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Home >  JVIB >  Using the System of Least Prompts to Teach Personal Hygiene Skills to a High School Student with Comorbid Visual Impairment and Autism Spectrum Disorder — JVIB Abstract

Using the System of Least Prompts to Teach Personal Hygiene Skills to a High School Student with Comorbid Visual Impairment and Autism Spectrum Disorder — JVIB Abstract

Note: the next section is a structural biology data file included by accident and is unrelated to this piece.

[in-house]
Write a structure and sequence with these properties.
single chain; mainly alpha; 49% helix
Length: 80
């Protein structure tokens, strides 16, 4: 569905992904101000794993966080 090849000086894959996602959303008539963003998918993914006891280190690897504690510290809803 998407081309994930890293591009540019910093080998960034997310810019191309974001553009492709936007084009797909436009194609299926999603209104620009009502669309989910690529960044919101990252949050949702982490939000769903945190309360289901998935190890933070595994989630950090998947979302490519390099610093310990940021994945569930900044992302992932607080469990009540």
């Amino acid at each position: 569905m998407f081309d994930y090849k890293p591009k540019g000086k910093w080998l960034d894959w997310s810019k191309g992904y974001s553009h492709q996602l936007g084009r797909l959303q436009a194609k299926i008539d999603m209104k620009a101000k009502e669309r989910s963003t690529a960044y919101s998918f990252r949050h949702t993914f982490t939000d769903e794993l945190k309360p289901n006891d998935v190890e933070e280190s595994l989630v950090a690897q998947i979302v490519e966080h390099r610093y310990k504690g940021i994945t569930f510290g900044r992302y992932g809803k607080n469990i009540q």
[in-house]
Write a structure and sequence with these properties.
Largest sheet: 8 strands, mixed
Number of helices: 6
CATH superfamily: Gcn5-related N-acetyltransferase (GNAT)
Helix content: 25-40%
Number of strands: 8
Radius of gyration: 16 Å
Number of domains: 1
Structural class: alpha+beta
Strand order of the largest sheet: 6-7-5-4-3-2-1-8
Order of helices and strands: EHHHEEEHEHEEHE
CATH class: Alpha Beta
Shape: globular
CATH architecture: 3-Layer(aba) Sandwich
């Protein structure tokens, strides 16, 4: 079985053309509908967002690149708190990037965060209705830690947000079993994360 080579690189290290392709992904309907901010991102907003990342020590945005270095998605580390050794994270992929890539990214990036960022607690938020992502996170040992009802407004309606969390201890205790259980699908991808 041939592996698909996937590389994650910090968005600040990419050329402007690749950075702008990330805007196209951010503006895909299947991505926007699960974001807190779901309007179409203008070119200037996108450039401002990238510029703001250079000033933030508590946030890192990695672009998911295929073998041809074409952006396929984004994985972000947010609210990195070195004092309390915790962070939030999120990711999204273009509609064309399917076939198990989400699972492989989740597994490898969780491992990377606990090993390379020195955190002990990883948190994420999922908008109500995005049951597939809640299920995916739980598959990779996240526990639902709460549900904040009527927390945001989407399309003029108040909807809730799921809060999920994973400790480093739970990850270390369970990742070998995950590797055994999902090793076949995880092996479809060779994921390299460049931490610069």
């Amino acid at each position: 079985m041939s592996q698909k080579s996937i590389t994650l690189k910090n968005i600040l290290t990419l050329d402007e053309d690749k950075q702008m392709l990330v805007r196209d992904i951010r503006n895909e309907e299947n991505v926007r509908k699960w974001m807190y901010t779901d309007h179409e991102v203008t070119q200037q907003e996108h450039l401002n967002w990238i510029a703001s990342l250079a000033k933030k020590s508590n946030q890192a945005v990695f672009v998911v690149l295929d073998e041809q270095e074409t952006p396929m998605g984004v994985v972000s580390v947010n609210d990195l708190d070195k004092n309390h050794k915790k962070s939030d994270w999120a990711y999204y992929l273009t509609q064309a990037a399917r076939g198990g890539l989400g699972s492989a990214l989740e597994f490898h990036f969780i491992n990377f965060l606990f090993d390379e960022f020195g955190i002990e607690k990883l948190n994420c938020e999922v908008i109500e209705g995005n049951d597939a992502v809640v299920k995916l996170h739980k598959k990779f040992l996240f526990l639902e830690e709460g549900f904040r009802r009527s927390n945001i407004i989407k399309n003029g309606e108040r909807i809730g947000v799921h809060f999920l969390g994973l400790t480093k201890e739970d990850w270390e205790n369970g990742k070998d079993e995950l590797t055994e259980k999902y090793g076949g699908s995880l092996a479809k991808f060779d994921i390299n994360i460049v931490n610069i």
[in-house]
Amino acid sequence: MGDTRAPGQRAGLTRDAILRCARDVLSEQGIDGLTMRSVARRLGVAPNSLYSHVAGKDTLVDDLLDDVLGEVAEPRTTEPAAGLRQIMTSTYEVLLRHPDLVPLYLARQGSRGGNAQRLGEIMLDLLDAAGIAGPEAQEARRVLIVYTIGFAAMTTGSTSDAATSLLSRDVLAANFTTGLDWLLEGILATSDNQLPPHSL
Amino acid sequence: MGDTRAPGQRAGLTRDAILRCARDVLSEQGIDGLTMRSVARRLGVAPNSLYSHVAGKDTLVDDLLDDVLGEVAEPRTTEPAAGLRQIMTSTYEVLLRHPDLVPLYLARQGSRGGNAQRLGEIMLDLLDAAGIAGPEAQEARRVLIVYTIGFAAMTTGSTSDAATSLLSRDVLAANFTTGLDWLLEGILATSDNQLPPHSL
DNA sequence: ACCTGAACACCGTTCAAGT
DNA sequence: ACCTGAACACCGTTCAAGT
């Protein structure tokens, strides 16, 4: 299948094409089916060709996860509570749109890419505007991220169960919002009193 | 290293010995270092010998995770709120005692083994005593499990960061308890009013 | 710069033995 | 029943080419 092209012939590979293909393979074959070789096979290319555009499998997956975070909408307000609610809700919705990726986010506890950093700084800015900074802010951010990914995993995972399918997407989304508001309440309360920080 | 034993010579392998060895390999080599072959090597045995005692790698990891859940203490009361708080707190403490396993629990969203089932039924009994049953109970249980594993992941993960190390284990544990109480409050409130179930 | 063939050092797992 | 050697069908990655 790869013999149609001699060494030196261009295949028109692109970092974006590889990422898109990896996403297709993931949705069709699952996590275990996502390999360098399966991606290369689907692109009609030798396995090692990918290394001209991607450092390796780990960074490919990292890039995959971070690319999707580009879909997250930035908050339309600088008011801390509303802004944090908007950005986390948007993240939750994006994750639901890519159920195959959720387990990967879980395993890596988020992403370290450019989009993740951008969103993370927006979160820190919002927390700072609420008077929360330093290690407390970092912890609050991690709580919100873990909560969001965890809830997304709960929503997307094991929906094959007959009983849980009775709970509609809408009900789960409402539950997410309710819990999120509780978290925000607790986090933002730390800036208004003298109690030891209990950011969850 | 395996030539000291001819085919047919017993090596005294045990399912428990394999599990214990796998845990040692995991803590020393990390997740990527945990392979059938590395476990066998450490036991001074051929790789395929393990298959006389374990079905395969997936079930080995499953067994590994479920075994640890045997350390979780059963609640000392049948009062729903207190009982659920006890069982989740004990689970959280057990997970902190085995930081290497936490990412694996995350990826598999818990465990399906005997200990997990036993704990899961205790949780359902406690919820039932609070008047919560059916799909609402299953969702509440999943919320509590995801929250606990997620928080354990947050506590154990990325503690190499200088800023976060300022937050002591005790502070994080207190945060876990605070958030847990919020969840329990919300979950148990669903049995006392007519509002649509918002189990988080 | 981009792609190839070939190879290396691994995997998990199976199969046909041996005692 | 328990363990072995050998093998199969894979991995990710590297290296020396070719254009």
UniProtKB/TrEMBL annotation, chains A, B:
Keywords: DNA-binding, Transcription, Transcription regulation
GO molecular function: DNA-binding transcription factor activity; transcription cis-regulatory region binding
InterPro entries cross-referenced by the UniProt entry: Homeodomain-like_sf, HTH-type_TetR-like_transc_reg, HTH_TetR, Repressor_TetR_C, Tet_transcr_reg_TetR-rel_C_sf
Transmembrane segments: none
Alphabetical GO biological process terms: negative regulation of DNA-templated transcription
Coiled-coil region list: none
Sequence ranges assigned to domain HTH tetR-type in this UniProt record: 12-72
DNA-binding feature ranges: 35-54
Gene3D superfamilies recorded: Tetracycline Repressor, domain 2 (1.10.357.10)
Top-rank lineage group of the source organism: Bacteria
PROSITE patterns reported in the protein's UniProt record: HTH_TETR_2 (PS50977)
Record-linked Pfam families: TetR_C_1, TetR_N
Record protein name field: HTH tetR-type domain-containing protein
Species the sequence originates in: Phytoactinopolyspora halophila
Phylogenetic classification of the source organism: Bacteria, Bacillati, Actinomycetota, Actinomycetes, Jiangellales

Abstract: Introduction: This study evaluated the effectiveness of a workshop and follow-up coaching sessions on the implementation of the system of least prompts procedure by classroom team members and explored whether this intervention resulted in personal hygiene skill acquisition by a male high school student with comorbid visual impairment and autism spectrum disorder. Methods: Implementation fidelity data were analyzed descriptively through visual analysis. A multiple baseline design across behaviors was utilized to evaluate the effectiveness of the system of least prompts procedure on student skill acquisition. Results: Implementation fidelity was high and increased over the course of the study: paraeducator 1: 93.9% (range, 70 to 100%); paraeducator 2: 78.2% (range, 11 to 90%); and special education teacher: 94.1% (range, 35 to 100%). In addition, the student's independent performance improved from baseline to intervention across each targeted skill, with Tau-U scores as follows: cleaning the augmentative and alternative communication device: 0.78; washing hands: 0.76; and brushing teeth: 0.92. Classroom team members found both the training procedures and the system of least prompts intervention to be of value and effective. Discussion: During intervention, classroom team members implemented the system of least prompts with fidelity and the student mastered each skill. These results are promising and add to the significantly limited literature on instructional interventions for students with comorbid visual impairment and autism spectrum disorder. Implications for practitioners: Classroom team members can effectively be taught to use the system of least prompts with students with comorbid visual impairment and autism spectrum disorder. Furthermore, the intervention might be used to increase independent functioning for students with these comorbid conditions.


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